As I become more and more engaged in discussions with fellow translators in forums like LinkedIn, it strikes me how much veterans play down the importance of credibility. It is like so many other things in life: they have it, so they do not value it much. They say things like, "If you're good, you're good" and "You cannot learn to be a translator, you need to have a gift for this profession."
While it is probably true that translating takes some form of a natural talent that one cannot learn, it is at least as true that beginning translators, even if they are fantastic at their job, start out without an asset that is crucial to the exercise of their chosen profession: credibility. And that is definitely something they should work on.
In fact, as an aspiring translator, an aptitude for translation itself is a given. We all assume that you are at least good at the core task of the job, that you know your source and target languages well enough and know the dynamics of both to transfer meaning from one to the other. The problem, of course, is that there are thousands of people for whom we assume the same, and you need to differentiate yourself to show that you are better than the next person. That is the only way you can actually get paid to translate and earn enough doing it to make a reasonable living, and there is clearly nothing innate in that.
It seems to me that there are two ways to acquire professional credibility. The first and most reliable is experience. That is second to none: you work for a client, you do things well, your client is pleased and comes back for more or tells her friends and acquaintances who may need a translator's services. In fact, it can also work out more informally, with a friend who has never worked with you and does not actually know how good you are at translating (that is, after all, a given) triggering the same process in the assumption that, since you are a serious, reliable person with sensible conversation and a common-sense attitude to life, you must also be all those things in your professional capacity.
The second path to acquire credibility is your educational background. Certification works this way, and so does training, which appears to be particularly important as you specialize. It gets harder to make assumptions about a translator when subject matter becomes more specific. And while you may indeed be familiar with a lot of terminology from, say, reading the Financial Times and The Economist since the age of 10, it will most likely be tough to use that to your advantage in convincing a potential client that you are just right for a project on economic policy. This task will be easier if you have a degree or have taken a set of courses in this particular field, of course.
Small details will also contribute to building up your credibility. A website is one of them, but of course not just any website will do. You need to think long and hard about the kind of translator you want to be, and about how your website, and your brand more generally, can contribute to positioning you as such a professional. The same goes for a blog, and for any participation you may have in social networks. Anything you say there will probably be readily available to any potential clients - in fact, that may be a large part of the reason why you write it in the first place - so you need to be sensible and make sure it reflects well on you as a professional.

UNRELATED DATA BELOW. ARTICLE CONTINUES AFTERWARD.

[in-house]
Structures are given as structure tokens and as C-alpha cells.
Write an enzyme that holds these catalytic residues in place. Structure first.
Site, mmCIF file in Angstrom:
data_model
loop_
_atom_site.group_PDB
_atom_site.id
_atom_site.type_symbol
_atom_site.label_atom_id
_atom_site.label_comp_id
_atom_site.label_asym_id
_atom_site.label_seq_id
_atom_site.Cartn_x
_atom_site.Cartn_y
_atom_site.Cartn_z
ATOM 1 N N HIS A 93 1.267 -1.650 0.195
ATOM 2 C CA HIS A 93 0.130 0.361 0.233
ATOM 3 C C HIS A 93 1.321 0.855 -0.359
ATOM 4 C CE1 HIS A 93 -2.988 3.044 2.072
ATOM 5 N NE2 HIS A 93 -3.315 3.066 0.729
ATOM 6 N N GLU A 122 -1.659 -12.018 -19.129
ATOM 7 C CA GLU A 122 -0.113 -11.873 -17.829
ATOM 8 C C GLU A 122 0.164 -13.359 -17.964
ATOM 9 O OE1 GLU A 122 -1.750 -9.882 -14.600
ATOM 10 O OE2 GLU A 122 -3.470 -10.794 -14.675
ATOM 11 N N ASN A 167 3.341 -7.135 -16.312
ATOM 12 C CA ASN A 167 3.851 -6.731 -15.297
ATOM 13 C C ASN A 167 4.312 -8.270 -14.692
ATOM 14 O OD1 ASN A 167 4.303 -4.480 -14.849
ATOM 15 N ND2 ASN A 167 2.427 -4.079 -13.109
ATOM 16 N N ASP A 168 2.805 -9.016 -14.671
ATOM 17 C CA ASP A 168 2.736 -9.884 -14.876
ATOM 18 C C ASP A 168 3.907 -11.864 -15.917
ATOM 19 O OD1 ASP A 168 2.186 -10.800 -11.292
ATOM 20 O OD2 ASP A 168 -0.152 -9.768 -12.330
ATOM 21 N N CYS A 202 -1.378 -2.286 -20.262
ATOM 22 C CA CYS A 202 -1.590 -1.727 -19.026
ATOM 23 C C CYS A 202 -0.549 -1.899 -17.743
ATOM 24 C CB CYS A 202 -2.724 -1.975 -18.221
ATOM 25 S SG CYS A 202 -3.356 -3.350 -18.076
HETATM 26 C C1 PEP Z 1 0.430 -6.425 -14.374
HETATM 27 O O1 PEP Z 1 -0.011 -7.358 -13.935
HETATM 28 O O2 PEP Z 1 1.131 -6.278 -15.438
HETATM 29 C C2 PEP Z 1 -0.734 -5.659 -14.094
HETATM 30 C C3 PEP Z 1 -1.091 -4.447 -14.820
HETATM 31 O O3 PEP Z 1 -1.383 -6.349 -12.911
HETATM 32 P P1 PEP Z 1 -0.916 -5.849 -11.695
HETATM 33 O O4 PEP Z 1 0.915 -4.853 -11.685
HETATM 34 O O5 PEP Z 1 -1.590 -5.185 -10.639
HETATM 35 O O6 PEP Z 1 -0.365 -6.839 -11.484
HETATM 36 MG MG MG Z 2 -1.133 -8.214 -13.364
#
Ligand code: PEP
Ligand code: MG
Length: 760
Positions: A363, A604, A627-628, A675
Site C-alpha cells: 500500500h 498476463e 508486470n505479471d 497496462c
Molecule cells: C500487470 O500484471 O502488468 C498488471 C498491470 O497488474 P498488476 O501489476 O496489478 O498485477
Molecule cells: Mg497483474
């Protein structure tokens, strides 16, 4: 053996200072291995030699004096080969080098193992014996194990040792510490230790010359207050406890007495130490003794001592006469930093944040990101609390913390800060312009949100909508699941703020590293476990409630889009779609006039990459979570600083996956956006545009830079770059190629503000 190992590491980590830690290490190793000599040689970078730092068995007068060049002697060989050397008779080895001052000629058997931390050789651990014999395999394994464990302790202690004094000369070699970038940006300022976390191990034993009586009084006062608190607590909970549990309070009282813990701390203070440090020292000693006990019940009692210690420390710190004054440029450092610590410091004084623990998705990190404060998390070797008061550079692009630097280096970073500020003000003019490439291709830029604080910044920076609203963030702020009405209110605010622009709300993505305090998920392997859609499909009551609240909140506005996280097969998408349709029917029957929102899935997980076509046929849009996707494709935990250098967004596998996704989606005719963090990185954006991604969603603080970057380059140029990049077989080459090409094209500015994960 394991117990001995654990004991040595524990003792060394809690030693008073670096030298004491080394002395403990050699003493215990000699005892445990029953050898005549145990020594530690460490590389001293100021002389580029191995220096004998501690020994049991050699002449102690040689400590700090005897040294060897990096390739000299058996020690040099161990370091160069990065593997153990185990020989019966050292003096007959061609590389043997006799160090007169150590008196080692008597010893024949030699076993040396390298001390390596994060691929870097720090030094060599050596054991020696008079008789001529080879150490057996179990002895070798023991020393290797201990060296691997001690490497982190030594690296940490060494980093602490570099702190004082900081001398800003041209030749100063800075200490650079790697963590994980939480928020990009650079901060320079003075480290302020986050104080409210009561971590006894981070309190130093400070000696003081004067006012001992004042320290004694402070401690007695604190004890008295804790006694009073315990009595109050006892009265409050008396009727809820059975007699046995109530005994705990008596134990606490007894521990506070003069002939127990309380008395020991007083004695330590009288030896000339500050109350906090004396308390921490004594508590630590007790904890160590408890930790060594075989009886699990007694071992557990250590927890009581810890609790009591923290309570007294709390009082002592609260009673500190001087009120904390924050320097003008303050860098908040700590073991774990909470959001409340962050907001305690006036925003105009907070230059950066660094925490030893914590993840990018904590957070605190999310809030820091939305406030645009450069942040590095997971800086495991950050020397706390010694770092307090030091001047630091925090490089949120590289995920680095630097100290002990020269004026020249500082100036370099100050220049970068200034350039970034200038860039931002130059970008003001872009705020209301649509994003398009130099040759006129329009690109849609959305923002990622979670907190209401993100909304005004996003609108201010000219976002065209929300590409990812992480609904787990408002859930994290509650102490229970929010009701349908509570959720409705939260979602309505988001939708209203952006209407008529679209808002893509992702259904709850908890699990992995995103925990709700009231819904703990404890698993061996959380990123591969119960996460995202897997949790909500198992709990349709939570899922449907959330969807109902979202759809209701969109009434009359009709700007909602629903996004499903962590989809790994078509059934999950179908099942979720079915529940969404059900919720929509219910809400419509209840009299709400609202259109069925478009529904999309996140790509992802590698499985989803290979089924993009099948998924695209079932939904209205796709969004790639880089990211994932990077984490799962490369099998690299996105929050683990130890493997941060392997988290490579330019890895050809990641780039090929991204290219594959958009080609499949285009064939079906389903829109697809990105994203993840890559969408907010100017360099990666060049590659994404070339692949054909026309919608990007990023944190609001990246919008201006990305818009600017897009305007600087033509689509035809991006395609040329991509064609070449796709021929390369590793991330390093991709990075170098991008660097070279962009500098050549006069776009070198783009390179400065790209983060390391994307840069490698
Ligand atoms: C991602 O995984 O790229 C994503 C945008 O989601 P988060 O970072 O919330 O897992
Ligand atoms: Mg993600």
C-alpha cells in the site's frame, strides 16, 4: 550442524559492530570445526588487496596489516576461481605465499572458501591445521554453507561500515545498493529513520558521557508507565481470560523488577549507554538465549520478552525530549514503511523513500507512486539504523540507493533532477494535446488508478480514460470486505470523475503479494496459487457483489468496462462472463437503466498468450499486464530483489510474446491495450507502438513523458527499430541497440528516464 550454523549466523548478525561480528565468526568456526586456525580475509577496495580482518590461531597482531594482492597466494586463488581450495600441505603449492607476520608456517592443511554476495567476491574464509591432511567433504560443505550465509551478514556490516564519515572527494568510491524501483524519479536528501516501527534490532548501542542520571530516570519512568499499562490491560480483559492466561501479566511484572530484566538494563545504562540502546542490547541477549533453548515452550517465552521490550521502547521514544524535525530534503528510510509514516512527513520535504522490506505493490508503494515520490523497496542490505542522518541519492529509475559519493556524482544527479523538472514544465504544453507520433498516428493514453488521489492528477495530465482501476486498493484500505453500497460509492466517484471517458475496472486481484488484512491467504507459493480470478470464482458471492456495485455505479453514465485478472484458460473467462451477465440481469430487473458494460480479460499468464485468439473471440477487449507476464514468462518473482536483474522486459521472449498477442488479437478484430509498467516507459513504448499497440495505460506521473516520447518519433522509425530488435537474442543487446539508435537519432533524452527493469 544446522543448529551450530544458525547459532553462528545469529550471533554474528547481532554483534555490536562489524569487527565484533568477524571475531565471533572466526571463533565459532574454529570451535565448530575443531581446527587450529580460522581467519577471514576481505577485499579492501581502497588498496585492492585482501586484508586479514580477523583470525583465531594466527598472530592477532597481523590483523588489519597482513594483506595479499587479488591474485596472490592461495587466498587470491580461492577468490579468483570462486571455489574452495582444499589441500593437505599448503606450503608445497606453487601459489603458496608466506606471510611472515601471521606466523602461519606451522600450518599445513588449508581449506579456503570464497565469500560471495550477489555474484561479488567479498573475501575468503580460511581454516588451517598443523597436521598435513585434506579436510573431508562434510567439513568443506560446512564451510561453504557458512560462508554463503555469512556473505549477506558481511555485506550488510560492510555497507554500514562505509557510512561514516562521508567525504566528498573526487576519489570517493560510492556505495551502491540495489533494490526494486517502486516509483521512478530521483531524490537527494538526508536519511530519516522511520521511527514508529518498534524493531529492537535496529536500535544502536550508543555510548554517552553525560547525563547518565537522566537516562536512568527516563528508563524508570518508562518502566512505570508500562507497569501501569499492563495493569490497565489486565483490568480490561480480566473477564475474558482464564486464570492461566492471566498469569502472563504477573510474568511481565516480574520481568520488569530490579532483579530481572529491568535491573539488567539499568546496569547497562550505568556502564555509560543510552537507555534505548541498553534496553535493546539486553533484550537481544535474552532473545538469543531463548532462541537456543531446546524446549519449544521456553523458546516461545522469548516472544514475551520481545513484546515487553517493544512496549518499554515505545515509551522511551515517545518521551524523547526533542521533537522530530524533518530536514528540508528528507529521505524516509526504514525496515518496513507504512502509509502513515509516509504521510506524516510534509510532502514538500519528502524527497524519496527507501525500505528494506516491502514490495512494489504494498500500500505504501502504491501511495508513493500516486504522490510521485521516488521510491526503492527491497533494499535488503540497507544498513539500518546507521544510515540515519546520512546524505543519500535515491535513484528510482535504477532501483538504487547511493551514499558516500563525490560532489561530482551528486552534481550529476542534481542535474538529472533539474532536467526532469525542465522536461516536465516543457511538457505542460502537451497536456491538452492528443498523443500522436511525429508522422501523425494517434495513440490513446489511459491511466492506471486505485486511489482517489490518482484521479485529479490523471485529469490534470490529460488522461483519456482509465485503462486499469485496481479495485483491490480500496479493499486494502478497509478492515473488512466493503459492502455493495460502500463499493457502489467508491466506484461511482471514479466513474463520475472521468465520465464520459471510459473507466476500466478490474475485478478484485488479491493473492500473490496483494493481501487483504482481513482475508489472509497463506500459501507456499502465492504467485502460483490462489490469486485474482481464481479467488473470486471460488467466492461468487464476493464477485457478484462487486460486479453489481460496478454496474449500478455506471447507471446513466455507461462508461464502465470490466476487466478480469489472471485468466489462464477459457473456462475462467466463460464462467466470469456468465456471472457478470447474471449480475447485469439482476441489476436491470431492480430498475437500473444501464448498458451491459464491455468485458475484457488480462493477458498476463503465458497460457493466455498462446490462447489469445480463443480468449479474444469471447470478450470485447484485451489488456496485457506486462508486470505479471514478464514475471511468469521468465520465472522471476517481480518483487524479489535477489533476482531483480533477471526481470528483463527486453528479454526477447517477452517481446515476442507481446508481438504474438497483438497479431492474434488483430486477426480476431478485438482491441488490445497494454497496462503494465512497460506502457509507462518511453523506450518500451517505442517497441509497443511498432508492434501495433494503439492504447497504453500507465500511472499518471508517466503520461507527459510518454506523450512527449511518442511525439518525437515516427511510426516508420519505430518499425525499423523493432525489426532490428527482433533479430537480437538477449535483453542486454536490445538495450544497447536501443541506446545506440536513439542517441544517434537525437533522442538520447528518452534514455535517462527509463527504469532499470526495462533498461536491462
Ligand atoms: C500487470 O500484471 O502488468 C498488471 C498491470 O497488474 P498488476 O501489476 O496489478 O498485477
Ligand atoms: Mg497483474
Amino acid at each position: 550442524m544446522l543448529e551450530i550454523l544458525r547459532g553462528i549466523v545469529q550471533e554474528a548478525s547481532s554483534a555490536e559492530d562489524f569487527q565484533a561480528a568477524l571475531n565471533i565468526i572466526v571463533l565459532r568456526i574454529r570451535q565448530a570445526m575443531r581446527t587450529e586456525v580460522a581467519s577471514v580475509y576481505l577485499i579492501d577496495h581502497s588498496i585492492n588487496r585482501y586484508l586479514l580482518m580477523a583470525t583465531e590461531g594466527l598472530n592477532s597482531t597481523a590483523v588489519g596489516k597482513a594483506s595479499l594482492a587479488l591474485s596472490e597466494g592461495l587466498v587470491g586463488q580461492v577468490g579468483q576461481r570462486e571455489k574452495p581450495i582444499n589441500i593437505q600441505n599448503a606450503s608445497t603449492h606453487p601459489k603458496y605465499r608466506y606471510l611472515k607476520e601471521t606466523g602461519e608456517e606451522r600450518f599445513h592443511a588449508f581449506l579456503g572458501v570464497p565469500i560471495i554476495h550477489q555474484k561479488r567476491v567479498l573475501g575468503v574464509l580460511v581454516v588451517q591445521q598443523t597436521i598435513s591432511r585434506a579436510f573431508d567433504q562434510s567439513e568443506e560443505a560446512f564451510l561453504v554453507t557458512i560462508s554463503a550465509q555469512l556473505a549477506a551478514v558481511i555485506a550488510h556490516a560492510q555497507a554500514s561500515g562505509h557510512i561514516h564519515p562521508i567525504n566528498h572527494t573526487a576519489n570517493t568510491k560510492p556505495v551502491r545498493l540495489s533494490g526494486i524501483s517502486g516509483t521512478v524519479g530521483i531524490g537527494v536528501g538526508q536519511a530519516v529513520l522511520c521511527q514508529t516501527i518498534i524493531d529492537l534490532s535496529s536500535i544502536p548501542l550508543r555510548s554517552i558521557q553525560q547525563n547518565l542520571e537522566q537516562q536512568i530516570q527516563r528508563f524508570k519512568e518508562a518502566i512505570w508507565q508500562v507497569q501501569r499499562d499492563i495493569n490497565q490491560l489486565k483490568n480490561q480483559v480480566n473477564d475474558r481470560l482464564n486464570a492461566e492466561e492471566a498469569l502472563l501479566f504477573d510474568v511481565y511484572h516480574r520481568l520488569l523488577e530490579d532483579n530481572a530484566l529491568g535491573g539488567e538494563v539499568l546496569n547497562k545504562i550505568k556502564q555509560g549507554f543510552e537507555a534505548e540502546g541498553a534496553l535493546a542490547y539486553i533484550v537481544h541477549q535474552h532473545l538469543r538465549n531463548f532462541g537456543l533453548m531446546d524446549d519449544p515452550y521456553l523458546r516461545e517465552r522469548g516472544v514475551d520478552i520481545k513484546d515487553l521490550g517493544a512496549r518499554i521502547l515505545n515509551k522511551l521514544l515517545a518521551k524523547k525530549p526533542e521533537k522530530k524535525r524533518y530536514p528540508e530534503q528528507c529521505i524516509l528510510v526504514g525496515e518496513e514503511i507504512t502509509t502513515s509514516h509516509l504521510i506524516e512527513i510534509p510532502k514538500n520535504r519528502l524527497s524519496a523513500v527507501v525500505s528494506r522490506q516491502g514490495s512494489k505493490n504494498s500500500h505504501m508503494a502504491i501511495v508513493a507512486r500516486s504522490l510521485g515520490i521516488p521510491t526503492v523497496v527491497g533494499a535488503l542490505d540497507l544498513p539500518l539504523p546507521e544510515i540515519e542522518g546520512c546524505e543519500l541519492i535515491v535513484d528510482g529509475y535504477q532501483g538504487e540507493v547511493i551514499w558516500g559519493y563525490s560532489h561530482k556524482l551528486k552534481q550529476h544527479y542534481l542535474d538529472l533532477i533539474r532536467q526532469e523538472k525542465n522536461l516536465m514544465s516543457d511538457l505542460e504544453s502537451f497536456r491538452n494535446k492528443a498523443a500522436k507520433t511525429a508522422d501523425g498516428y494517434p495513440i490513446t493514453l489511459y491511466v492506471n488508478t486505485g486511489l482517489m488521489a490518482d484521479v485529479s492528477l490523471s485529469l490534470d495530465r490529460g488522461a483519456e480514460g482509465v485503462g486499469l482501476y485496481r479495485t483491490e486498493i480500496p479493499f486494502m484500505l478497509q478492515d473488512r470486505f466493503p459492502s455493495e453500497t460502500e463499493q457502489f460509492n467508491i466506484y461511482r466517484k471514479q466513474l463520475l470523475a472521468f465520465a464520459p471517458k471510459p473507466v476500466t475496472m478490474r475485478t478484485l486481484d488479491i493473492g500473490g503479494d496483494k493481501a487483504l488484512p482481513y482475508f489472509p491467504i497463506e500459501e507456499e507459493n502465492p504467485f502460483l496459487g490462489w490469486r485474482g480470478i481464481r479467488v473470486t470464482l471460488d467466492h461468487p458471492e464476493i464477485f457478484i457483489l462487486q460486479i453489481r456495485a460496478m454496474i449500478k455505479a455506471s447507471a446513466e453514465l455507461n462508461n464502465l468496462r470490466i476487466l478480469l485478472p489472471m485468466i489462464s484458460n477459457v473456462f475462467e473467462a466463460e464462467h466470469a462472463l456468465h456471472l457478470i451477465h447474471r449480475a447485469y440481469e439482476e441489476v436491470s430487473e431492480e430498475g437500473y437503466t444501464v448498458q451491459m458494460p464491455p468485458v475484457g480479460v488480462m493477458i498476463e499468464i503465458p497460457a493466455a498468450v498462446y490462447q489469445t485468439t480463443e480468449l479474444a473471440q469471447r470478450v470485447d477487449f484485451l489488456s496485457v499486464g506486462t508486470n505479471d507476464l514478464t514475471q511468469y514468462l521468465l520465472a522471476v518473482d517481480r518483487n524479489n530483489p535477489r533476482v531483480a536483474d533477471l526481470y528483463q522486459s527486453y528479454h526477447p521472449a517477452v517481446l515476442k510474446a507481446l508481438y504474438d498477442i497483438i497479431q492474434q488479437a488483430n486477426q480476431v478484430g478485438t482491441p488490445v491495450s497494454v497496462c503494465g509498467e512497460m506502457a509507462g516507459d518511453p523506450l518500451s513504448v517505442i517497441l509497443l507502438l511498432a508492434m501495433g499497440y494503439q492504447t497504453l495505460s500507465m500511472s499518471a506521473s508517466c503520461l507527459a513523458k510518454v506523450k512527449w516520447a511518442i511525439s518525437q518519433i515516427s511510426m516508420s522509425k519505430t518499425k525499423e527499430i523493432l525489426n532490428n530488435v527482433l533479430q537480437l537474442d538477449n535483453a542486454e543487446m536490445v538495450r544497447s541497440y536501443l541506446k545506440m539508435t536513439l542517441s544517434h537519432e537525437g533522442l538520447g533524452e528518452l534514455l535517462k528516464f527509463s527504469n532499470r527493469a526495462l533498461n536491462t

In a globalized online world, professional credibility is a 24-hour issue and draws on your personal life too. When a potential client googles you, they will see your website, but they may also find your personal Facebook page the photos in which a friend tagged you and so on. You cannot really control everything they have access to, so you should at least really look after the things you can give a direction to. Your professional online presence has to be, well... very professional.
This week I dropped Italian from the source languages I mention in my profiles. One veteran translator suggested that I drop my multilingual professional identity altogether, arguing that, while I may be good at all those things, they could lead people to think that I am spreading myself too thin or that I am in fact not good enough at any of them. I think she is right. The sensible thing to do would probably be to also drop French, for the sake of credibility: it looks like I am not very credible as a French translator, since I don't have any specific qualifications, and according to one observer at least it actually detracts from my overall credibility as a translator. I resist dropping it, because I love French and I am very good at it, but the truth is I find it hard to convince clients that I am as good as I say I am and it may well be that it is probably not doing me any favours.
As a freelance translator, you can acquire credibility over time, of course, perhaps even fairly easily if you do the right things. However, you most certainly were not born with it and you did not learn it in your French, German or English lessons. It will take conscientious work over years and years, on- and offline, and a lot of finetuning. Veteran translators who already have it may not remember how hard it was to attain that status, or perhaps they just went about their business diligently and gained credibility without actually seeking it. For those of us who are starting out, however, the strategy to become a credible professional is worth at least as much thought as the allegedly innate aspects of a translator's profession.